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You’re Never Too Young to Start Thinking About Heart Disease

by Orange Naturals Team on in General, and Naturopathic Medicine

You’re Never Too Young to Start Thinking About Heart Disease

 

If you had to guess which condition most commonly affects women – breast cancer or heart disease – which one would you choose? Though you may think breast cancer, it’s actually heart disease that ranks as the number one killer of women in Canada. Actually, more women die of cardiovascular disease (the collective term for heart disease and stroke) than all cancers combined. That’s one big eye-opening fact.

You might also think that heart problems usually happen to older overweight men, but that’s also untrue. Canadian statistics show that stroke is responsible for 32 percent more deaths in women compared to men, and women are 16 percent more likely to die following a heart attack than men. In fact, if you’re a woman of childbearing age with certain risk factors, you may not be out of the woods. Let’s explore why this is.

 

Heart attacks don’t just happen to the elderly

These days, being on the younger side of 50 no longer gives you a pass when it comes to developing cardiovascular disease. Fast food diets, smoking, diabetes, high blood pressure and lack of physical exercise can all be risk factors for heart attack and stroke, even in women of childbearing age. Premenopausal women were once shielded against heart disease thanks to the protective effects of estrogen, but studies now show that can change depending on a variety of factors. Young diabetic women for example, are at a greater risk of developing heart disease because having diabetes cancels out the protective effects of estrogen.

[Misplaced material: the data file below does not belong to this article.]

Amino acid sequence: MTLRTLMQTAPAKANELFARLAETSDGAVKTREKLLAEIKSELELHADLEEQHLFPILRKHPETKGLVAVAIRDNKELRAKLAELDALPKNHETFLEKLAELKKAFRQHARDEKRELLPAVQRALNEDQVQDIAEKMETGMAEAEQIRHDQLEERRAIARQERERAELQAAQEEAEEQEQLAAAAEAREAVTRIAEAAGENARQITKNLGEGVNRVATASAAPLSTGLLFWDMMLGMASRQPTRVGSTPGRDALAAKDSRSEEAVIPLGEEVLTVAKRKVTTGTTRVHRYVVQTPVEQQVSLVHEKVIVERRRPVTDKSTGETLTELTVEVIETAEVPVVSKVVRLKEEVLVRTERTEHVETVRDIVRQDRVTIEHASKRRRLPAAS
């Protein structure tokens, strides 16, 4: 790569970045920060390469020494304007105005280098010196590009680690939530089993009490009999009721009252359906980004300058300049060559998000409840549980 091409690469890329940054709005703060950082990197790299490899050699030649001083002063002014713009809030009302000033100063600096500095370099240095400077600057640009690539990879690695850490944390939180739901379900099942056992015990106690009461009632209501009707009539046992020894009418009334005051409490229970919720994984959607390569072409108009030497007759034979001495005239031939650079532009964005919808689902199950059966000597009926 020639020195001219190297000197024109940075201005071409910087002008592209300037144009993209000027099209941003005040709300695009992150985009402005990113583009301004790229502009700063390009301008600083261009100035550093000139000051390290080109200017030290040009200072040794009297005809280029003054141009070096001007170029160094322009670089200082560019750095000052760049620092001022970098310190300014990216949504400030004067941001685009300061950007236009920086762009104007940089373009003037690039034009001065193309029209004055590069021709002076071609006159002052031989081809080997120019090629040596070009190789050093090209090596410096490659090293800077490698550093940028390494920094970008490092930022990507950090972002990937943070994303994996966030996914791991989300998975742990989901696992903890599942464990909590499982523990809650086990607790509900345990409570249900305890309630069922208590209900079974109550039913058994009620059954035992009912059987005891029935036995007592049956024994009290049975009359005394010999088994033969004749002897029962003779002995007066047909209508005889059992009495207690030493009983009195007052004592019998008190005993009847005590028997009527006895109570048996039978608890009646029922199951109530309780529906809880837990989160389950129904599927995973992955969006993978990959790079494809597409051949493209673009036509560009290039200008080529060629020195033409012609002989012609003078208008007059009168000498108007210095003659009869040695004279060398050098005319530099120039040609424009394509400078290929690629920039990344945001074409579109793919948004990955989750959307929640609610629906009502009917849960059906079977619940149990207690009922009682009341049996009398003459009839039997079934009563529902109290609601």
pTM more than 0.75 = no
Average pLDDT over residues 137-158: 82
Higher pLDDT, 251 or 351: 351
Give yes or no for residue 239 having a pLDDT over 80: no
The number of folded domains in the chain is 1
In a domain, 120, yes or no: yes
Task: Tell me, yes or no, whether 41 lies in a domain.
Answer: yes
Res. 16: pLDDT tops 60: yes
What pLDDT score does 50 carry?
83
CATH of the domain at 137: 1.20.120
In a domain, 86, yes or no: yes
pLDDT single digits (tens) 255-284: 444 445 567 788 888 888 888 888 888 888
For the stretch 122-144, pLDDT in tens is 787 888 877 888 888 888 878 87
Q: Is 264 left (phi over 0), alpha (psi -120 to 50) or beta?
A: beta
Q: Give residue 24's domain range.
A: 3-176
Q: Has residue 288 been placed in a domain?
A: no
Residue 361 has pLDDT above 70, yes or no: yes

The estrogen connection

Birth control pills are much safer now than they were years ago, but there are still a few heart-related things to be aware of if you take them and if you fit into a couple of categories. For instance, if you smoke or already have high blood pressure, oral contraceptives can take your blood pressure even higher, plus, they can also increase the risk of blood clots. If a blood clot happens to block blood flow to an artery that leads to the heart, the artery begins to die and a heart attack can result. In the same vein (no pun intended) consistently high blood pressure damages and weakens the brain’s blood vessels, shorting the brain of oxygen and causing a stroke.

 

Pregnancy conditions that affect the heart

 

You wouldn’t think that a healthy body that’s capable of growing life inside of it can be at risk for heart attack down the road, but it is. Women who develop preeclampsia, a condition that usually kicks in after the 20th week of pregnancy, have more than twice the risk of heart attack or stroke later in life. Though preeclampsia is unpredictable, women who already have elevated blood pressure or who are overweight before becoming pregnant have a much higher chance of developing it. The risk is even greater if a woman goes on to develop preeclampsia with each successive pregnancy. Preeclampsia is treatable, so be sure to ask your doctor about ways to manage the condition should you be diagnosed with it.